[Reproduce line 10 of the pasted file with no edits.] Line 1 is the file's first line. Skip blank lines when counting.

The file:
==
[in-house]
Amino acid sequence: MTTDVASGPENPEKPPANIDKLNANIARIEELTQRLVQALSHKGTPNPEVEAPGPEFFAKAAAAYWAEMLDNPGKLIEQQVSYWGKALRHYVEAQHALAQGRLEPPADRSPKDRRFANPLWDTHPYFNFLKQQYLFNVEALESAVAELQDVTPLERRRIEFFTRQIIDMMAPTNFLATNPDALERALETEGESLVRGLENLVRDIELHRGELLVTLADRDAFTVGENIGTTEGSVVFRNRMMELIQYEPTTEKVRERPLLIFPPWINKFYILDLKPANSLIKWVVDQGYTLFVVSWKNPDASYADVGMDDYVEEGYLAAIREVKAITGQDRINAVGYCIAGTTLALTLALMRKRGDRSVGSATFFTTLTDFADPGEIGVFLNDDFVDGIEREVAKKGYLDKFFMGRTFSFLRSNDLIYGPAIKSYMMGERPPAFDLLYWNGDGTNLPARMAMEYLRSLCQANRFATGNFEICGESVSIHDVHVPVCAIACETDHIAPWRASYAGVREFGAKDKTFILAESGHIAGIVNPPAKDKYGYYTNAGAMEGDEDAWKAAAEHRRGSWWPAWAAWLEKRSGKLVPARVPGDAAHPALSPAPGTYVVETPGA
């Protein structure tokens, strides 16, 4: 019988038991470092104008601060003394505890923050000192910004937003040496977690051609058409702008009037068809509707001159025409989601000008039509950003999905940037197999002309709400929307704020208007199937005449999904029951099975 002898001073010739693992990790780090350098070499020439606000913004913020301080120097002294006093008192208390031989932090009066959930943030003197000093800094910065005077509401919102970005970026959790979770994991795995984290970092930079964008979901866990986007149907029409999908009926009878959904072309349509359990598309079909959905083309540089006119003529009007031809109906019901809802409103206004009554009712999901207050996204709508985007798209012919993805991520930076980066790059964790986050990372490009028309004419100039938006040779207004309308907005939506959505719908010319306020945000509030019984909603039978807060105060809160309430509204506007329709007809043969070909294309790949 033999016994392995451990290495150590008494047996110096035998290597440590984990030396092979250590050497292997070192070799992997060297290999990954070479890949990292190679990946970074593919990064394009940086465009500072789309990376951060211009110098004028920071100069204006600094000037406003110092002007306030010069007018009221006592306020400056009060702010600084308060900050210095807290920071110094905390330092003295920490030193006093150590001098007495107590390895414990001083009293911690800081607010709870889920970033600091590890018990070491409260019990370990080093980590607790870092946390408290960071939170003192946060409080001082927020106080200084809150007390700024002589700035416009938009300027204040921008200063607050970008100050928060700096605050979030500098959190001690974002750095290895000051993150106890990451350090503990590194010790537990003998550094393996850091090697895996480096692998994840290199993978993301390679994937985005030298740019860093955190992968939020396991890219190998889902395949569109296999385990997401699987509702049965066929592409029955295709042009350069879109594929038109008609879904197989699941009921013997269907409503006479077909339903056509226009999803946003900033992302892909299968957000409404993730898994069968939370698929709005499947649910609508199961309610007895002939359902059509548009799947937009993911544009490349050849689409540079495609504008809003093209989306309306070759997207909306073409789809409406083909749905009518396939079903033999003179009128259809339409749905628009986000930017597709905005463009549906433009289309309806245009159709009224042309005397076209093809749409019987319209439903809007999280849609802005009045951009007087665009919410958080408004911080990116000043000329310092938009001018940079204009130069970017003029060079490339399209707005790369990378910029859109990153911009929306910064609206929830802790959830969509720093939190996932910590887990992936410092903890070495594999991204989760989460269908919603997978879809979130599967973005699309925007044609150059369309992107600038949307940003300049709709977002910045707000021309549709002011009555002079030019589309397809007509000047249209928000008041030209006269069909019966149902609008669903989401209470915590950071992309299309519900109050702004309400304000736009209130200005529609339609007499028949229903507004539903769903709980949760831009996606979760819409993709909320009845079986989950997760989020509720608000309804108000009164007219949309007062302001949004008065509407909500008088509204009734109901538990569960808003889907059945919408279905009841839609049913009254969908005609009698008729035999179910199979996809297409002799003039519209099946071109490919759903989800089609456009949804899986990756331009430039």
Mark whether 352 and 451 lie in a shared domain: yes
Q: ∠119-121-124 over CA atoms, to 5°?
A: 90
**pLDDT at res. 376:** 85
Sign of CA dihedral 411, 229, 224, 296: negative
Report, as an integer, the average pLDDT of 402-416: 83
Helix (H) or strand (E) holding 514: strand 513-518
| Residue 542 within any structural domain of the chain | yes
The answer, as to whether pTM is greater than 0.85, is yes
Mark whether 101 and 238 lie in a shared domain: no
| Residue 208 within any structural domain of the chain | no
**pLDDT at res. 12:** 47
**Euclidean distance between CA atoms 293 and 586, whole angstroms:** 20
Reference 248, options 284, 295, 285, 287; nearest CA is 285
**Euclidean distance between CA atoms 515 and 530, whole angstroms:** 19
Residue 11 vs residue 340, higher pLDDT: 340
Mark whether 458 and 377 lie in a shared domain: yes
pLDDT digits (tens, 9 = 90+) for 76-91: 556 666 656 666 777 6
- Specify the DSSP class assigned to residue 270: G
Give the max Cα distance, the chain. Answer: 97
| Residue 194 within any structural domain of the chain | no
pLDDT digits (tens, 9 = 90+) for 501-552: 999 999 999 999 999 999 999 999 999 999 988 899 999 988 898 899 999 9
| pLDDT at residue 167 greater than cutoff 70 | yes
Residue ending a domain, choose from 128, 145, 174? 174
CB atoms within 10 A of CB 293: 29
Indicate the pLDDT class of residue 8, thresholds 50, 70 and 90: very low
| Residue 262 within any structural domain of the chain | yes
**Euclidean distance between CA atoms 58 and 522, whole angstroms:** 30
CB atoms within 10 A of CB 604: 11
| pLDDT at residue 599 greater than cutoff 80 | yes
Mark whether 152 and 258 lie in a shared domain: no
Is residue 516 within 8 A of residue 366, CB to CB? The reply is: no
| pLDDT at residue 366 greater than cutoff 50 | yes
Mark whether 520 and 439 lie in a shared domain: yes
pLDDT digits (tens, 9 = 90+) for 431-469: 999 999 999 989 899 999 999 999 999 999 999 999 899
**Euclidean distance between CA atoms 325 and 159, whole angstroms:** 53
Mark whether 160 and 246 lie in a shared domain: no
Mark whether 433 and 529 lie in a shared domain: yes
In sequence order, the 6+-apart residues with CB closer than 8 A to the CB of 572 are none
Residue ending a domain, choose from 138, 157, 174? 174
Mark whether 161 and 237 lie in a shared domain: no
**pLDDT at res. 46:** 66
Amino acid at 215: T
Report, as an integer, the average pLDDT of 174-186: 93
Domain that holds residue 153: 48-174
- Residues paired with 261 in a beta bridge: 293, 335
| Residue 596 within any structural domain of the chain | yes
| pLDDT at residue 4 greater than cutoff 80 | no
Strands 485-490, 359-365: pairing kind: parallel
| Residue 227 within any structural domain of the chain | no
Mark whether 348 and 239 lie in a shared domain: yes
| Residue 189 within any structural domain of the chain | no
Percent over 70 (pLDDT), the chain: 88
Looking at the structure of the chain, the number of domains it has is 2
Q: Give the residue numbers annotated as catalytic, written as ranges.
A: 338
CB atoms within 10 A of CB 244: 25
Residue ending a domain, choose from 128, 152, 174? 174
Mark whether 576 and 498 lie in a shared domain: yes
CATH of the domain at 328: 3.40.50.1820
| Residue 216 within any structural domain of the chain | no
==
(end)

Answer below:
Helix (H) or strand (E) holding 514: strand 513-518